Unfortunately, his proportions freak me out a little. The characters have such tiny hands and big heads.

Also, the structure of the series… the chapters are mostly one-shots. There are some elements that carry over, like the people around Hikari (when he helps them, they tend to make an effort to be his friend), but each chapter is a new story about a new character. The problems these characters have are pretty tired or just plain weird. The first crisis involves a boy who wants to kill someone in order to get his father’s attention, since the latter refuses to pay for an expensive college. The second chapter features a girl who is cranky all the time because she doesn’t eat any vegetables (huh?!). Another is about a girl who identifies so much with a singer that she wants to kill herself in a kind of tribute to the lyrics. Always, these stories have a neat resolution and a happy end. None of the characters are interesting or developed, Hikari isn’t really a hero, and because the stories are focused on these side characters, there’s not a whole lot of opportunity for Hikari to develop character-wise, either. The first chapter hinted at a possible romance between Chiaki and Hikari, but there’s no evidence of that later on.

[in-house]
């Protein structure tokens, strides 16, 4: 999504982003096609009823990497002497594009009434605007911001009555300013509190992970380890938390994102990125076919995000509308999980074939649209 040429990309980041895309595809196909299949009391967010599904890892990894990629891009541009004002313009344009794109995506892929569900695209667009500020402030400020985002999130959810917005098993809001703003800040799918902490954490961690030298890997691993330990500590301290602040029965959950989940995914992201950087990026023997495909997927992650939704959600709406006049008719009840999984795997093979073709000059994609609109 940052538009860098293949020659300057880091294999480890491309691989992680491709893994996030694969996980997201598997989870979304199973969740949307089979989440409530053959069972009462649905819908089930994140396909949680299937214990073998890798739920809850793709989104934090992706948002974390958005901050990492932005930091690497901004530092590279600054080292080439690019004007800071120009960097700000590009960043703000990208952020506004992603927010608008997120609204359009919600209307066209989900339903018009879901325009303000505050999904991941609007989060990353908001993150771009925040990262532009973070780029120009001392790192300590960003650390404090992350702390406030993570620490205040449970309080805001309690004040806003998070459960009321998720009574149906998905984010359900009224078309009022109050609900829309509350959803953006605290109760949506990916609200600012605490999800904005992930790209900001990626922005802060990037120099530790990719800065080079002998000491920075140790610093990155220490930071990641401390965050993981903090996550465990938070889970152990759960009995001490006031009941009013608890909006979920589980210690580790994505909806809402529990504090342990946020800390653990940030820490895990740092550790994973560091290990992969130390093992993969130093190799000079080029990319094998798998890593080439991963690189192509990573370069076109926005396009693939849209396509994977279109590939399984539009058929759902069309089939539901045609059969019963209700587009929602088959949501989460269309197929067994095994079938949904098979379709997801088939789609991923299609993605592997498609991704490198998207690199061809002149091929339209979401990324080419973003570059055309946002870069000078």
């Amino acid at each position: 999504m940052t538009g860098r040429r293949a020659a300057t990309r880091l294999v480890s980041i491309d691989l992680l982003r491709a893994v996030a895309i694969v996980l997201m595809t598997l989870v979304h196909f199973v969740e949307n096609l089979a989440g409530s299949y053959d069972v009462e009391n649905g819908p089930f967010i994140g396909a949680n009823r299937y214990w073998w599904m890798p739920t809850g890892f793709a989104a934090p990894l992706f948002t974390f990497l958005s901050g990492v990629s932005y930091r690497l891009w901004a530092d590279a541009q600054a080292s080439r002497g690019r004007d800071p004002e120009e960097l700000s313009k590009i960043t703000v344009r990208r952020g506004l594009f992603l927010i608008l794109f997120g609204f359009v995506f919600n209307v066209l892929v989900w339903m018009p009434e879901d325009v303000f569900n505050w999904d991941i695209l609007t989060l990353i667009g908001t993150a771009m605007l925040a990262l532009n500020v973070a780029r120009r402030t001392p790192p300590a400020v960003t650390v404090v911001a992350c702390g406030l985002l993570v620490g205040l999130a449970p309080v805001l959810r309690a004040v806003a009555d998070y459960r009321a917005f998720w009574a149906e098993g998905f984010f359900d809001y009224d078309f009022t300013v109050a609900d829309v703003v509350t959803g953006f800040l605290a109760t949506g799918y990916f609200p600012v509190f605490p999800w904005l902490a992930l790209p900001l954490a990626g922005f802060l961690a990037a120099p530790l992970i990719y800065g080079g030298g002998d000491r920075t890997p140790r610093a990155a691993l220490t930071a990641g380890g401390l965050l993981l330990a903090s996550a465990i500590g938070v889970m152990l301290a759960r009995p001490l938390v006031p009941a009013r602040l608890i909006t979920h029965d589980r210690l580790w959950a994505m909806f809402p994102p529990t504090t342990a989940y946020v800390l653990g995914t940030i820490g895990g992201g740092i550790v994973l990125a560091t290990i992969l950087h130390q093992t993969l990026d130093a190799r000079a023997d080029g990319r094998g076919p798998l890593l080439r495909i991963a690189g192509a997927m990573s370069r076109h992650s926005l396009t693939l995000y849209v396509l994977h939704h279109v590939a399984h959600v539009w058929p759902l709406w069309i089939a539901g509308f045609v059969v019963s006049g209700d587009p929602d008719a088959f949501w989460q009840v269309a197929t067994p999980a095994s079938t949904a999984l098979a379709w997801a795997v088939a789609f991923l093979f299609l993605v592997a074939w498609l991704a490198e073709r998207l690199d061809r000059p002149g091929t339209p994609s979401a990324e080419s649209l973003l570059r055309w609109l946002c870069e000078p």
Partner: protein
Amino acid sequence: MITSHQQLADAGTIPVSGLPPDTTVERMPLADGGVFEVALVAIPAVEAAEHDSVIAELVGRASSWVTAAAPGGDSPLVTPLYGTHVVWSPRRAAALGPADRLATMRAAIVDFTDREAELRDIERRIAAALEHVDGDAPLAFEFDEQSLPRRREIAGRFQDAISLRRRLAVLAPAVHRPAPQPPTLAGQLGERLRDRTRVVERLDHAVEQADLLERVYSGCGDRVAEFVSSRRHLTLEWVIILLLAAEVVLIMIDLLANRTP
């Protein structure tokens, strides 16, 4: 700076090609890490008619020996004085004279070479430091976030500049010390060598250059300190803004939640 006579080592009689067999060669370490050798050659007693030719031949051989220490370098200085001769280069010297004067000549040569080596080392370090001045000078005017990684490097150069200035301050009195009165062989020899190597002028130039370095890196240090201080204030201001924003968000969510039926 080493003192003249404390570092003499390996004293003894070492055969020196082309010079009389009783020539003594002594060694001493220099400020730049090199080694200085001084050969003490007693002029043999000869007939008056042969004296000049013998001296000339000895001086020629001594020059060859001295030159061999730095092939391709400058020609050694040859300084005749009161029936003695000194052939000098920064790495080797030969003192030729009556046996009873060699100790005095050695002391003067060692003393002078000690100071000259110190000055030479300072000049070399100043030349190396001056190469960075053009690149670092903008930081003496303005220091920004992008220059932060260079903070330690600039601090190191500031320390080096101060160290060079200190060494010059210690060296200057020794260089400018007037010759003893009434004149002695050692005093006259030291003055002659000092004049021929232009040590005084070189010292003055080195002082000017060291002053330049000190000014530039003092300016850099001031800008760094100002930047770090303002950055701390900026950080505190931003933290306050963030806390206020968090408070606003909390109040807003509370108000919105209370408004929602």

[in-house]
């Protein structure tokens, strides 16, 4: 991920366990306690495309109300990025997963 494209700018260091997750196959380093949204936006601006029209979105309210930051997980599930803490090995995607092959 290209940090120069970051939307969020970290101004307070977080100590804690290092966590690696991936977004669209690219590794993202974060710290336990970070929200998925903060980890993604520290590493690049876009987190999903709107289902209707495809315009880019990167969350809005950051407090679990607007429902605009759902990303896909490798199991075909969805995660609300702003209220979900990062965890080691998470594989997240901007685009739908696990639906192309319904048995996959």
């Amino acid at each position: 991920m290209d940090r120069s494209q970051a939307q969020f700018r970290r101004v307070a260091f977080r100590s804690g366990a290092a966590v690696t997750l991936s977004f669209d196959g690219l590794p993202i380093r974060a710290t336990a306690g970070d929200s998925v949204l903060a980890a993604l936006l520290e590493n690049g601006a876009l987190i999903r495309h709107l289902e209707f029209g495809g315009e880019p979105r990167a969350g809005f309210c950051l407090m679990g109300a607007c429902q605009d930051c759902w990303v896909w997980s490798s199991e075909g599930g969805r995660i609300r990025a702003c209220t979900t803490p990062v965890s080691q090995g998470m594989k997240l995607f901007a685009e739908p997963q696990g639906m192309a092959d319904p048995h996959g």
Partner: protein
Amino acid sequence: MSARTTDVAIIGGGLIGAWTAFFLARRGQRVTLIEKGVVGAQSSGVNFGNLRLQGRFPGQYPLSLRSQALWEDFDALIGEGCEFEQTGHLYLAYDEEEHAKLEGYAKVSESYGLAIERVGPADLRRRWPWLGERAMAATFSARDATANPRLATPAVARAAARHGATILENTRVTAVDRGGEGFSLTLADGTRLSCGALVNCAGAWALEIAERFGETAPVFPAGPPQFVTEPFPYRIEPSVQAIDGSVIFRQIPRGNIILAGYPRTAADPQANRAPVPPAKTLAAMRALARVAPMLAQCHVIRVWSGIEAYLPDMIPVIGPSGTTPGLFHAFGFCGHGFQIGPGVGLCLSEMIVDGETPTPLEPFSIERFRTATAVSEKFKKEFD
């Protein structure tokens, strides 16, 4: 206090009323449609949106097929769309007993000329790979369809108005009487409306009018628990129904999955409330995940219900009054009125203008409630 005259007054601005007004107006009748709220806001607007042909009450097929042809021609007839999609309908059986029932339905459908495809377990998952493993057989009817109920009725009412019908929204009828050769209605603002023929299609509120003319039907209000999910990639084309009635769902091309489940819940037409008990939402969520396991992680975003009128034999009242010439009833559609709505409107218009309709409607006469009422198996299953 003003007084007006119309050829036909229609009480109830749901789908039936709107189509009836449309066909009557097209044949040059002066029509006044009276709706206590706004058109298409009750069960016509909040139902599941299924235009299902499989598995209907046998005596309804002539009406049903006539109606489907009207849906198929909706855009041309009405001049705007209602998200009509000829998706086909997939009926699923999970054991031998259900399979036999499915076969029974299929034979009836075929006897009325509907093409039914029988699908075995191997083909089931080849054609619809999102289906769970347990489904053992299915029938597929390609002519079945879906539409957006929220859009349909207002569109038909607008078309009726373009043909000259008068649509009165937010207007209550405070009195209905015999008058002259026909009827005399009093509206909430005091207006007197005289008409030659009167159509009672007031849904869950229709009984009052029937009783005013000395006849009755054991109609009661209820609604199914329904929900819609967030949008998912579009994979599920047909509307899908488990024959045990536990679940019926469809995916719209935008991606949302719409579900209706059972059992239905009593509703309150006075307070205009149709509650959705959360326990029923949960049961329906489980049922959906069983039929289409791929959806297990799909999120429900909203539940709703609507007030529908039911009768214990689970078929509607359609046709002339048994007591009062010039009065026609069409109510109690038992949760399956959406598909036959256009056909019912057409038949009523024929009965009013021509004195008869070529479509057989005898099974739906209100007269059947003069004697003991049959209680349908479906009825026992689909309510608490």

Though the weakness in storytelling is somewhat crippling, the strengths outweigh that enough to make this a genuinely interesting read. The great premise, the interesting art, and the surreal landscapes of the heart are all very engrossing. The fact that a terrible shounen series is the skeleton they sit on is unfortunate, but it’s so bizarre that it transcends its shounen genre. It’s probably a good thing that it’s only a few volumes long, since that’s about as far as these good ideas can take it.

This was a review copy provided by Viz.

2 Responses to “Genkaku Picasso 1”

  1. Levi Says:

    äh I have a question. Is this yours : ?

    I search any clamp in 3d figures ( Vol.1,2,3,7,8)…and…sorry, if I bother you, äh…would you like sell some of the twice figures *duck*….sorry for my bad english…I live in germany ( I´m a student, but my english is very bad)…I search any Clamp in 3d land figures, but i couldn´t find them :-(….

  2. Connie Says:

    Hello! Yup, that’s one of my pictures, but unfortunately I’m not looking to sell any of those right now. Hope you don’t have too much trouble tracking them down, I know it’s been a few years since they were released. Not even my sets are complete, I’m missing four of the bonus figures and the nifty box you keep all the pieces in. Unfortunately, I don’t have any suggestions for shopping venues, either, I bought mine as they were being released.